Summary: In Luke 15, Luke gives a series of three parables in response to the criticism of the scribes and Pharisees that Jesus received unbelieving sinners and even ate with them. Evidently, His love and vulnerability attracted lost people from all classes and li


Opening Statement: In Luke 15, Luke gives a series of three parables in response to the criticism of the scribes and Pharisees that Jesus received unbelieving sinners and even ate with them. Evidently, His love and vulnerability attracted lost people from all classes and lifestyles. These were people who had no regard for the Torah or for religious traditions. Jesus had made it clear that He came to save people like this, not self-righteous people (Luke 5:27-32; 14:21-24). Seeing the many needy people around Him who were lost and recognizing the criticism coming from the religious establishment who were also lost, Jesus told three “Parables of Lostness” to defend Himself and His ministry as well as to help religious people to see the importance of loving people into the faith. He talked about lost sheep who needed a shepherd; about lost coins that had value and needed to be put into circulation; about lost sons who needed to be in fellowship with the Father.

Transition: Today, our focus is on the first of these stories – lost sheep that need a Shepherd.

Background: Compton’s Interactive Encyclopedia gives us the following description of sheep, the most frequently mentioned animal in the Bible: Sheep live in flocks. They follow a leader, usually an old ram (male sheep). They eat grasses and other plants. They like to graze over wide areas of pasture. Sheep are naturally hill animals. They like it best where it is high and dry. They can be raised, however, on any land that is not wet and swampy. Domestic sheep depend on humans for protection. They are very timid. A sheet of paper blown by the wind will frighten them. A thunderstorm may throw them into a panic. They may drown without a struggle if they are scared while crossing a stream. Fire in a building where sheep are kept may destroy a whole flock, because they are too frightened to flee.

The parables of Jesus tell the autobiography of God.

Recitation: Luke 15:3 So Jesus told them this parable: [He’s responding to the criticism of being a friend of sinners.] 15:4 “Which one of you, if he has a hundred sheep and loses one of them [A person owning a hundred sheep was a person of modest income, so one sheep would have been very valuable.], would not leave the ninety-nine in the open pasture and go look for the one that is lost until he finds it? [The sheep were counted at nighttime which would intensify this situation. Imagine gathering your sheep into the holding pen for the night and counting your sheep as they go in, “97 (at a girl Fluffy, get in there), 98 (come on Cream Puff), 99 (step it up Twinkles), and 1… (where’s 100 – where’s Snowball)” and coming up one short in a place where there were predators, dangerous ravines, and dehydration to fear. Just when the Shepherd thought hotdogs and cocoa around the campfire were in his very near future, now he must grab the rod for fighting off predators, the staff for snatching a potential lamb caught in a thicket next to the precipice, the torch for seeing, the anointing oil for cleaning wounds; he must strap on the sandals, and head into the night to look for Snowball. ] 15:5 Then when he has found it, he lays it on his shoulders, rejoicing. 15:6 Returning home, he calls together his friends and neighbors [all the other shepherds], telling them, ‘Rejoice with me, [break out the hotdogs and cocoa] because I have found my sheep [Snowball] that was lost.’ 15:7 I tell you, [Jesus’ application coming up.] in the same way there will be more joy in heaven over one sinner who repents than over ninety-nine righteous people who have no need to repent [One genuinely repentant person brings greater joy than ninety-nine people who have never left the fold, who think they’re OK because they’ve never left, and who feel no need to repent. Can I get an ‘Amen’? Heaven parties when one person says, “I’m going home to God. I’m going to live my life for Him.”].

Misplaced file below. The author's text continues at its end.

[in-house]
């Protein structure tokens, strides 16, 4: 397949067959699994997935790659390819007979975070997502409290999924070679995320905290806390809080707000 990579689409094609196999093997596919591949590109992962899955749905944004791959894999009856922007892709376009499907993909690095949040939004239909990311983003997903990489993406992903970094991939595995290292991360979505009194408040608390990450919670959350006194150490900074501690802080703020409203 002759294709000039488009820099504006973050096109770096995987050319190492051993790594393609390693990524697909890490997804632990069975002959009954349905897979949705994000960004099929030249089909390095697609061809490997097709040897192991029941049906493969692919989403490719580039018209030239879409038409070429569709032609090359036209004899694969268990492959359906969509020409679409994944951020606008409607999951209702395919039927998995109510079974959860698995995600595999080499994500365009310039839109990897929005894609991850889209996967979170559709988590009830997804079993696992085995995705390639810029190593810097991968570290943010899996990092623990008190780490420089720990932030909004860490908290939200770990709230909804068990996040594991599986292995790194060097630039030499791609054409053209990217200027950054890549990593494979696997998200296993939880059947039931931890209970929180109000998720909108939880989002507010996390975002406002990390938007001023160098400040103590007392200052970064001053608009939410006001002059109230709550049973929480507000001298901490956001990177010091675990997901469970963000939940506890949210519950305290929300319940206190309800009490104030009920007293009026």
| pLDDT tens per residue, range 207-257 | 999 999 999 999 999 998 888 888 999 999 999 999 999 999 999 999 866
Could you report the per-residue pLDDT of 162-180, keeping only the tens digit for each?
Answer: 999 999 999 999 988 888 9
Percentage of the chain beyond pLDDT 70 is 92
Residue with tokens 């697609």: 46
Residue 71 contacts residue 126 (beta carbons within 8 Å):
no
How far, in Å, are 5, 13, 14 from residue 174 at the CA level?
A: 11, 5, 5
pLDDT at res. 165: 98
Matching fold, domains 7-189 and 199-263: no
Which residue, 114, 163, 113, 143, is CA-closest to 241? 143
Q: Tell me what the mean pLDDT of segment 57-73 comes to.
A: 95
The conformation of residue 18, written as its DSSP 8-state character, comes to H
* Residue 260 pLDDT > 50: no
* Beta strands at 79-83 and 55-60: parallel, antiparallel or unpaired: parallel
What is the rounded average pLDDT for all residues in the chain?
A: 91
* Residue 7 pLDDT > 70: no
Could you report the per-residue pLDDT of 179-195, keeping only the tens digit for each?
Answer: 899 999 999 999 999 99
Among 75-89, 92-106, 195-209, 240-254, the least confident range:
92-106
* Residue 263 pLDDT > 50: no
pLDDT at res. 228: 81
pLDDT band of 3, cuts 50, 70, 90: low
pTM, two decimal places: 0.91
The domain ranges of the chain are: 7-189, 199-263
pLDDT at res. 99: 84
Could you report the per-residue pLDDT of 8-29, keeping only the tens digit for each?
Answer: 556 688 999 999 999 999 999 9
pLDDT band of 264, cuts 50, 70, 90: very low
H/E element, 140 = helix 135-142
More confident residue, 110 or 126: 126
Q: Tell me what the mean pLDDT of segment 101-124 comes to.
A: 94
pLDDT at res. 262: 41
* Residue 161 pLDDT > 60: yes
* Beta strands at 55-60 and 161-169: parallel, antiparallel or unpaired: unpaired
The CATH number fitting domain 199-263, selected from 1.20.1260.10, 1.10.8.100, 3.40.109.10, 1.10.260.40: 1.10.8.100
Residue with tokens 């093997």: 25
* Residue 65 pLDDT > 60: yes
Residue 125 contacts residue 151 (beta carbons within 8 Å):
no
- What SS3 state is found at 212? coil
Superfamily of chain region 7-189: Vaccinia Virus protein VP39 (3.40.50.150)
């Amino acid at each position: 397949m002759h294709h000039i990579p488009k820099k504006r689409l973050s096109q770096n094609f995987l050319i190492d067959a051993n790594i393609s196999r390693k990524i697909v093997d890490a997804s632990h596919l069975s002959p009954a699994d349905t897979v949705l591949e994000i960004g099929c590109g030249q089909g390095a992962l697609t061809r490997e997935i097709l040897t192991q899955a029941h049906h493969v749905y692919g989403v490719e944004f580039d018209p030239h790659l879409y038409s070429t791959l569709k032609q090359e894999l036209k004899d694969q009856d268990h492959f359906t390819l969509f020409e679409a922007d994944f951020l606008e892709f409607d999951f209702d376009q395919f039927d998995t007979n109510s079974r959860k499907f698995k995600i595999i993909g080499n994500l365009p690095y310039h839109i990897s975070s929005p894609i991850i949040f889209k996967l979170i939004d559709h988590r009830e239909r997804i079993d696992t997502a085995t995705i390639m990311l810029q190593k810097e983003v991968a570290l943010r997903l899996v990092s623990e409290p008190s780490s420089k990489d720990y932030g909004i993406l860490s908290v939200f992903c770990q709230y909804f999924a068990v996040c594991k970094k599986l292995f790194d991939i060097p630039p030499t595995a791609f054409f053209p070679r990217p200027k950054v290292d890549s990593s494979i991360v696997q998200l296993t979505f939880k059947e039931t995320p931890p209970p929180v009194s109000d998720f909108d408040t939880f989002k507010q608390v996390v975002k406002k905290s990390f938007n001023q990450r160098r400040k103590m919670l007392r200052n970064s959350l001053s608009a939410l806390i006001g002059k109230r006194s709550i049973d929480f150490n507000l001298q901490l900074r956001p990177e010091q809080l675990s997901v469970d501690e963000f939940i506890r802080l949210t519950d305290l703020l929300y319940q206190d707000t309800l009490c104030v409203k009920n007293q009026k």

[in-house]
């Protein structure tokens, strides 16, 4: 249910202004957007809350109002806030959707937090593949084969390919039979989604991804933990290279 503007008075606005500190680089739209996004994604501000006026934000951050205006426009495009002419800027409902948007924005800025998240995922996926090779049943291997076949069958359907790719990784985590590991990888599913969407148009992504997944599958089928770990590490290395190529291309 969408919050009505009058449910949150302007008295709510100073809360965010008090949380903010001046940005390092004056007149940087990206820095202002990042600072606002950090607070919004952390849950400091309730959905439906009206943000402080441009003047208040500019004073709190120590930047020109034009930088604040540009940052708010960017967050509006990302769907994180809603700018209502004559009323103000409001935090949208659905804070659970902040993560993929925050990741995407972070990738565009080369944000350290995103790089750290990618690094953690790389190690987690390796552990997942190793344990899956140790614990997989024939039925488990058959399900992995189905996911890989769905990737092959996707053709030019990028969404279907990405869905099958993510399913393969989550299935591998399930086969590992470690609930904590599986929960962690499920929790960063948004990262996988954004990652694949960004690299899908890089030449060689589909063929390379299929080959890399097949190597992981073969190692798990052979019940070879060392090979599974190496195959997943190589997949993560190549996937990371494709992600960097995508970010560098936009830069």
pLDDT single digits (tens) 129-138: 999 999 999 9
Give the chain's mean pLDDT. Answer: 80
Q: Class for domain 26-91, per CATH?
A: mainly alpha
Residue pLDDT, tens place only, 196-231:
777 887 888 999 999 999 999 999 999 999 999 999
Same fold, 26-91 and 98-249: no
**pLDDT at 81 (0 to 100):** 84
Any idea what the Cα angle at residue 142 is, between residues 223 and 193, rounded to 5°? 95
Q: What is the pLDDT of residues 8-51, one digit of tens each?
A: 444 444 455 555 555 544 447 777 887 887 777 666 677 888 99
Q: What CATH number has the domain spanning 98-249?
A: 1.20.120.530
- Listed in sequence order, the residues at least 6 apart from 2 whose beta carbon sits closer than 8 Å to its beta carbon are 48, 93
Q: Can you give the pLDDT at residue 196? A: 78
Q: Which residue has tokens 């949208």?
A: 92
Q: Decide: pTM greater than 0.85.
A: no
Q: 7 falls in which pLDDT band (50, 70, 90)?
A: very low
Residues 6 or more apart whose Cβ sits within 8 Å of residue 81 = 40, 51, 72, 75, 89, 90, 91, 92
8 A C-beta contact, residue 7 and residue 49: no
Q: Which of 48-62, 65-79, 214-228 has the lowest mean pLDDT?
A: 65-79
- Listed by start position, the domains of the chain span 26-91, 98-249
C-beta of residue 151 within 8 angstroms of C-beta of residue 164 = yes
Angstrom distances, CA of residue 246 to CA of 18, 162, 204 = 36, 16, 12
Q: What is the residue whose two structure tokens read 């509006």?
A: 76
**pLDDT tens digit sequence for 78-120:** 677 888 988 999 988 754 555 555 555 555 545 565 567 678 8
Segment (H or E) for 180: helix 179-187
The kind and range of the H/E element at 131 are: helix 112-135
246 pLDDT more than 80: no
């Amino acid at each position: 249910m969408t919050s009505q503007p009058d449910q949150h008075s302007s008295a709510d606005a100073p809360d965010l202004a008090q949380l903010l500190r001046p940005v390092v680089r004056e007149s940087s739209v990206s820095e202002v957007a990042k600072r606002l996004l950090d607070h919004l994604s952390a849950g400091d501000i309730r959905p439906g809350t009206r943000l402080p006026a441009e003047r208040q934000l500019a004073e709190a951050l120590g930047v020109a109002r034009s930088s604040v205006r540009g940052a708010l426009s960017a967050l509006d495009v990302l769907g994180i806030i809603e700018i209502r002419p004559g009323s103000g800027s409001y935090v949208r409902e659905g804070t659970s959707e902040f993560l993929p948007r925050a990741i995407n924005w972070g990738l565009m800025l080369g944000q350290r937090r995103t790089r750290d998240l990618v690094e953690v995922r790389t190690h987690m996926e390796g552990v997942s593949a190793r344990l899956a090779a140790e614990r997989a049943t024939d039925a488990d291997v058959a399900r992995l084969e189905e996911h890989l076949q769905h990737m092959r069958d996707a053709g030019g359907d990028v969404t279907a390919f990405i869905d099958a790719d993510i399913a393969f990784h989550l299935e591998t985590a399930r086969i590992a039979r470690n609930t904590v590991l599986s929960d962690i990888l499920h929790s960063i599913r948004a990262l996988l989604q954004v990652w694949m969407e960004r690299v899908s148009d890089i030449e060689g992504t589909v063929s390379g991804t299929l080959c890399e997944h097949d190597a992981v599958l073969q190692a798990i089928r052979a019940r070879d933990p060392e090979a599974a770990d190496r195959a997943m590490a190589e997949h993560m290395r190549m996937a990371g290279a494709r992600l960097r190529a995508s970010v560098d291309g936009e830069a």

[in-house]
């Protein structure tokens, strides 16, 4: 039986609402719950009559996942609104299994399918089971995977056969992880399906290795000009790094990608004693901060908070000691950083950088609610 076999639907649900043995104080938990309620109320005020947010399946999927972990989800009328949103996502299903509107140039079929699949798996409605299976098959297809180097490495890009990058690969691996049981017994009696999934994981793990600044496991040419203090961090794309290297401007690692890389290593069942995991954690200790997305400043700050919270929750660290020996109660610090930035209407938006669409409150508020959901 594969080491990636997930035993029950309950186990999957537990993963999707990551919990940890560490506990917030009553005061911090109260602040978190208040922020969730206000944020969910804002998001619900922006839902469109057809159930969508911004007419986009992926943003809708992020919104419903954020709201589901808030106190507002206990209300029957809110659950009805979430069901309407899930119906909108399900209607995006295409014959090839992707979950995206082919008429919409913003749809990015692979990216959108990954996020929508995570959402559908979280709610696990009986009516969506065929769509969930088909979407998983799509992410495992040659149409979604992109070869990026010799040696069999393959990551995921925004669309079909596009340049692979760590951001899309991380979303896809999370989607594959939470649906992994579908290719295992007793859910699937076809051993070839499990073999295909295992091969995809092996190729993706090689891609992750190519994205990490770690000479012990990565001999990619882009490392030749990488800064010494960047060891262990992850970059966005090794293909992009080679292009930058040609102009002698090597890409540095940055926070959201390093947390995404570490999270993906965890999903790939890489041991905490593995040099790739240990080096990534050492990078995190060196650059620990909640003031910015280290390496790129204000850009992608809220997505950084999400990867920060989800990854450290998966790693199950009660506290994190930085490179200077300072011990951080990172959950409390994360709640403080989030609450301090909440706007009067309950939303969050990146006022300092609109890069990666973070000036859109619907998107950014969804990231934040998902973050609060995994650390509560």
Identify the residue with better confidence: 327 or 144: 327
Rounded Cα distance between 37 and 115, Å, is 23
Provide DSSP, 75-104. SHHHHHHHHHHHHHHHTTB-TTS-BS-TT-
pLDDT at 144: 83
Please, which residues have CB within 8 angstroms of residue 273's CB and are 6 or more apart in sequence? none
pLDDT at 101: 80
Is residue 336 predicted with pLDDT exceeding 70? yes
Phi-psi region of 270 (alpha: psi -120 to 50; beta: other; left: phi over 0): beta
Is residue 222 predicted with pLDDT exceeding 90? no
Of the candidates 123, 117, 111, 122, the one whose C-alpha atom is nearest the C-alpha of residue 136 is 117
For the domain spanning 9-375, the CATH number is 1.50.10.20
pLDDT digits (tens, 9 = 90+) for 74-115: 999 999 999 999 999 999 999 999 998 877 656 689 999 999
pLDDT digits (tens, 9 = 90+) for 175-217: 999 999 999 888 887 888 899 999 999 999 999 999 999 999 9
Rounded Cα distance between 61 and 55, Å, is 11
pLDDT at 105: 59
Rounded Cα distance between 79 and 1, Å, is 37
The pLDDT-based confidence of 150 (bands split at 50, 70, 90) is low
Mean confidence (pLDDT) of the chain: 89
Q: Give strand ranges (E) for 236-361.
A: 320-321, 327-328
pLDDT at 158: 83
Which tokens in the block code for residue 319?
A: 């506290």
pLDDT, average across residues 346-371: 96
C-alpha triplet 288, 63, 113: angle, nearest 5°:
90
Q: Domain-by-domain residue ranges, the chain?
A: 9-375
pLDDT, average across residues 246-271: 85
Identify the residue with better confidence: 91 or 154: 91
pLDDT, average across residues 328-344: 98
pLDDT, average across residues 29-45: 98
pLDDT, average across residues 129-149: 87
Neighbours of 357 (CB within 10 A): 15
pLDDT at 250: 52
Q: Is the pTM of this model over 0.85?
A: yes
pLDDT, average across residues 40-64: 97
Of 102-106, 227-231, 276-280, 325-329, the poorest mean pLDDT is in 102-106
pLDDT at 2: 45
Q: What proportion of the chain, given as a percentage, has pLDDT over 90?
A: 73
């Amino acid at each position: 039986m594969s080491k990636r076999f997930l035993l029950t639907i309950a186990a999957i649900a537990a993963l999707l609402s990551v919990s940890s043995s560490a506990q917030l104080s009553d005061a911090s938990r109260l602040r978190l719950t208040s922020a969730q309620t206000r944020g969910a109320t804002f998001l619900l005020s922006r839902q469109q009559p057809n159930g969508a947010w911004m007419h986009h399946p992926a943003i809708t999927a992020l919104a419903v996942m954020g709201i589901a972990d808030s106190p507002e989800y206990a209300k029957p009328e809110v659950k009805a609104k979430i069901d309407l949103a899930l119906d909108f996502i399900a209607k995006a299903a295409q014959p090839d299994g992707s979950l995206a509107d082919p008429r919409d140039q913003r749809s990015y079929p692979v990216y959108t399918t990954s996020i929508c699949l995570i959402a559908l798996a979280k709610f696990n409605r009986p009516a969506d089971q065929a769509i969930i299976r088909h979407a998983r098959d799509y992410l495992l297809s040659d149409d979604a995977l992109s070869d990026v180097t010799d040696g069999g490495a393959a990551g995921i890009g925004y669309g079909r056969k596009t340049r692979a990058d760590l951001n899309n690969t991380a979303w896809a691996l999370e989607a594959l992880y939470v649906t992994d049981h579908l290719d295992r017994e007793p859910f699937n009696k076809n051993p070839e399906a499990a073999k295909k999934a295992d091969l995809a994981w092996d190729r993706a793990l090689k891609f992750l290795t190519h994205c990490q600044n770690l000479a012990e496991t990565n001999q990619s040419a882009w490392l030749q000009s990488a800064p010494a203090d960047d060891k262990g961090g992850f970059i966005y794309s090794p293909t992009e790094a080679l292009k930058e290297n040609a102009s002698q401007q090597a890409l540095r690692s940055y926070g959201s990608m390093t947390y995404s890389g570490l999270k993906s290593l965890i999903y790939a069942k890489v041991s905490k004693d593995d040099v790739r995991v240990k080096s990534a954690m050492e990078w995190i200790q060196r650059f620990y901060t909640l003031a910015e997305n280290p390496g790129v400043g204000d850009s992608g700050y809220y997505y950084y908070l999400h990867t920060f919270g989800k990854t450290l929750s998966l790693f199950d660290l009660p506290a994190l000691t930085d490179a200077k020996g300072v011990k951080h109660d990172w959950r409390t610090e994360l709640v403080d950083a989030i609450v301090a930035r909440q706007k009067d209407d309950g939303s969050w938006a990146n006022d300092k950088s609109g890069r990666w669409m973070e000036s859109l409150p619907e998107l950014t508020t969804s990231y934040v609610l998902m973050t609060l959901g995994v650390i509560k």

Key Word / Proposition: The drama of the parable has THREE KEY WORDS or CONCEPTS that need highlighted today.

Title: Losing, Searching, Finding


Act 1: Losing

Explanation: Jesus is describing our condition of lostness when He talks about a sheep that can no longer be found in the fold. The implication is that the sheep was once a part of the fold, but it somehow has decided to opt out of the fold.

Observations: Like a lost sheep, people get lost for many reasons. What does it mean to be lost?

People are lost because of their proneness to wander (Is.53:6). Thinking that life will be better outside and beyond the sheepfold and care of the Shepherd, they begin to work their way free from all restraint. We all have experienced this process to one degree or another. Feeling lost in the multiplicity of alternatives and having no clear conviction of where our lives are headed and how each challenge or opportunity fits into a greater plan, we begin to nibble. Nibbling here and there, we graze ourselves into a state and condition of lostness. Finally, having gone so far that we don’t know how to get back home or we do not want to return home because we feel guilt over what we have done in the process of straying away. So being lost is living life without a central purpose and a tendency to wander aimlessly away from the God who made us. We have this propensity toward evil called a sin nature that can rear it’s head periodically and can even dominate our entire lives. This is the core of our problem.

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